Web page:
BlackRock Manager Predicts 40% Bank Risk Transfer Deal Increase

BlackRock Inc. expects strong growth in transactions that help banks reduce loan portfolio risk as capital standards tighten. William Im, a director in BlackRock's global opportunistic credit team, said in an interview before the release of a paper arguing for synthetic risk transfer deals that this market could grow 30-to-40% annually for the next two years due to greater acceptance of this tool and Basel III endgame regulatory pressures.

BlackRock and Im, who has managed credit and alternative investments since 2016 and is now a synthetic risk transfer point person, are familiar with SRTs, which provide mid-double-digit yields. As Ares Management Corp., KKR & Co., and Blackstone Inc. engage more in the market, the deals may require more of his attention.

Pemberton Asset Management estimates that banks sold $25 billion of SRTs last year, unloading $300 billion in credit risk. According to Im, giant Wall Street banks under pressure to increase regulatory capital requirements will drive SRT volumes, despite European banks being the biggest consumers in recent years.

Im said his growth trajectory “sounds like a stark number, but if you compare investor demand as well as bank demand that well may be the case.” Basel Endgame standards will significantly increase banks' capital provisions to backstop lending, putting the most pressure on major money center banks.

That encourages banks to sell hazardous assets or increase capital. Beyond money center banks, regional banks with weak balance sheets may use SRTs to rebuild capital. BlackRock mentioned the Silicon Valley Bank and other regional bank collapses as driving regulatory capital securities market growth in its paper.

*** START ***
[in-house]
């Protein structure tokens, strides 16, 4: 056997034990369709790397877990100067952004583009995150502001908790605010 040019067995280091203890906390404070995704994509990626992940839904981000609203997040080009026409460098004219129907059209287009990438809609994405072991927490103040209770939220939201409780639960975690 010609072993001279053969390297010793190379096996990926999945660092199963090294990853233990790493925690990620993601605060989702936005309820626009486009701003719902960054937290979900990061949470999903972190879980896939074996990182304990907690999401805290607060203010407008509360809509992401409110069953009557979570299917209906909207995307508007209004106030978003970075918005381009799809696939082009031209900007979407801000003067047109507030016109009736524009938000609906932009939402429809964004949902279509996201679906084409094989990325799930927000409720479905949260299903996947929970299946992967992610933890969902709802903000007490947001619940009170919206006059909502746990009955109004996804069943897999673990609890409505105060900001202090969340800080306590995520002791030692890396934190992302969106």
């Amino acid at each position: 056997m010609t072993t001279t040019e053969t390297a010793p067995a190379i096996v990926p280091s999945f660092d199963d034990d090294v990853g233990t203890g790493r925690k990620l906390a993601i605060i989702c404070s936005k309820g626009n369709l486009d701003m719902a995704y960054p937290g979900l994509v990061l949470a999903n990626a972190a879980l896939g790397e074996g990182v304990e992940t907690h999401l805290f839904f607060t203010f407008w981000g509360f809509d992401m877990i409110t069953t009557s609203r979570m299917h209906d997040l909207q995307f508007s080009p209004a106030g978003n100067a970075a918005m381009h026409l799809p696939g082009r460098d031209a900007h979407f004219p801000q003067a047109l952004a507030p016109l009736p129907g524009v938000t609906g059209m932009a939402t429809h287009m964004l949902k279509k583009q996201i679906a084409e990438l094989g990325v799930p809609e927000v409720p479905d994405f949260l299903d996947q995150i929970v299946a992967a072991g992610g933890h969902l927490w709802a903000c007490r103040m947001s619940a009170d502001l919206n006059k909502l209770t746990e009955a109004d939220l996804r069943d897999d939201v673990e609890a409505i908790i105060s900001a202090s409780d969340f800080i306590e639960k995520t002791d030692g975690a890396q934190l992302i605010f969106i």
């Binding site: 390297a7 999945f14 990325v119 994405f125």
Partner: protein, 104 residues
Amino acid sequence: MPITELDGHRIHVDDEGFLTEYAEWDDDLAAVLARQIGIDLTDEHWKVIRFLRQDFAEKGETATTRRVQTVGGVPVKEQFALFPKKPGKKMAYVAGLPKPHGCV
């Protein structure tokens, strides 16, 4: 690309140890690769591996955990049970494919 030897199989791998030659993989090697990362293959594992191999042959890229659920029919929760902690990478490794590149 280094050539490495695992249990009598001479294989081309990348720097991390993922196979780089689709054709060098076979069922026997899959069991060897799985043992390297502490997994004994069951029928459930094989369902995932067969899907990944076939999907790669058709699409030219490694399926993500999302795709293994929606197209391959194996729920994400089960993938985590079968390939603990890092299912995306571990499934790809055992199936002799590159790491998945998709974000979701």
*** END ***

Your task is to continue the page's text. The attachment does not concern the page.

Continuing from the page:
BlackRock states that in SRT transactions, a bank earmarks a pool of assets on its balance sheet and buys credit default protection on the first 5% to 15% of the losses of that pool, so SRT investors bear the loss.

SRT reference portfolios typically include revolving credit lines and term loans to large firms. Fund financings like subscription facilities or net asset value loan lines are also increasing. Smaller lenders are hedging car and consumer loans. A few have tied agreements to commercial real estate financing. Securitization may help New York Community Bancorp sell riskier real estate loans.

Im suggested US regulators provide “regulatory clarity and more uniform support” to boost growth. He said banks are still determining “what’s permissible and what’s not.”

September saw the Fed clarify whether transactions qualified for capital relief. The agency then noted a synthetic securitization can involve transferring loan risk to a special purpose business that sells credit-linked notes to investors. Requesting the Fed's “reservation of authority” allows banks to issue credit-linked notes directly.

The main benefit for banks is loan capital relief. Investors preparing for lower central bank rates are intrigued by US issue yields of 13% and European yields of 16%.